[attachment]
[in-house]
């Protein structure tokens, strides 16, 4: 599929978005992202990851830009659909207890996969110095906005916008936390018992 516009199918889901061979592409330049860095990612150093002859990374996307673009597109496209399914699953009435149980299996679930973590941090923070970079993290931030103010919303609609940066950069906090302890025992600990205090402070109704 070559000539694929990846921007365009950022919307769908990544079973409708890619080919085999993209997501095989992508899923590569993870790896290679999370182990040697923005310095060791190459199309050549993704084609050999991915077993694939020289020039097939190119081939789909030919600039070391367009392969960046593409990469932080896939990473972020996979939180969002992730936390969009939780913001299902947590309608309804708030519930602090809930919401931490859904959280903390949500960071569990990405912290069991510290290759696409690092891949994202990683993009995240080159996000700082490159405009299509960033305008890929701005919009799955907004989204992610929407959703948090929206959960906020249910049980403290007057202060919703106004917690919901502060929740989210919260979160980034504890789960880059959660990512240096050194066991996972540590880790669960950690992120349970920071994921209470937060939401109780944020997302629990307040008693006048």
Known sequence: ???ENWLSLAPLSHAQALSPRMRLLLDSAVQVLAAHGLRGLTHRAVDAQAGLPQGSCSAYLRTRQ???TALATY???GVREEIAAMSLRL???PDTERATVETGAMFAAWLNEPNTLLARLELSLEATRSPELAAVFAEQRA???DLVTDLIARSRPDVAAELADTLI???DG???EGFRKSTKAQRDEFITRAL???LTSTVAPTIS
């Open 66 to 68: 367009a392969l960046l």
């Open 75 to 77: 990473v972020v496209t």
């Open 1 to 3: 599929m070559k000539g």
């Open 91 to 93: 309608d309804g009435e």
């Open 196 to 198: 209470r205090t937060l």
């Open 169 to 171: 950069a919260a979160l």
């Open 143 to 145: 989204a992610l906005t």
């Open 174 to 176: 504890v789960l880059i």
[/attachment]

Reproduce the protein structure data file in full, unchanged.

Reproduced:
[in-house]
């Protein structure tokens, strides 16, 4: 599929978005992202990851830009659909207890996969110095906005916008936390018992 516009199918889901061979592409330049860095990612150093002859990374996307673009597109496209399914699953009435149980299996679930973590941090923070970079993290931030103010919303609609940066950069906090302890025992600990205090402070109704 070559000539694929990846921007365009950022919307769908990544079973409708890619080919085999993209997501095989992508899923590569993870790896290679999370182990040697923005310095060791190459199309050549993704084609050999991915077993694939020289020039097939190119081939789909030919600039070391367009392969960046593409990469932080896939990473972020996979939180969002992730936390969009939780913001299902947590309608309804708030519930602090809930919401931490859904959280903390949500960071569990990405912290069991510290290759696409690092891949994202990683993009995240080159996000700082490159405009299509960033305008890929701005919009799955907004989204992610929407959703948090929206959960906020249910049980403290007057202060919703106004917690919901502060929740989210919260979160980034504890789960880059959660990512240096050194066991996972540590880790669960950690992120349970920071994921209470937060939401109780944020997302629990307040008693006048």
Known sequence: ???ENWLSLAPLSHAQALSPRMRLLLDSAVQVLAAHGLRGLTHRAVDAQAGLPQGSCSAYLRTRQ???TALATY???GVREEIAAMSLRL???PDTERATVETGAMFAAWLNEPNTLLARLELSLEATRSPELAAVFAEQRA???DLVTDLIARSRPDVAAELADTLI???DG???EGFRKSTKAQRDEFITRAL???LTSTVAPTIS
């Open 66 to 68: 367009a392969l960046l």
């Open 75 to 77: 990473v972020v496209t």
């Open 1 to 3: 599929m070559k000539g």
């Open 91 to 93: 309608d309804g009435e």
């Open 196 to 198: 209470r205090t937060l």
């Open 169 to 171: 950069a919260a979160l």
């Open 143 to 145: 989204a992610l906005t």
């Open 174 to 176: 504890v789960l880059i």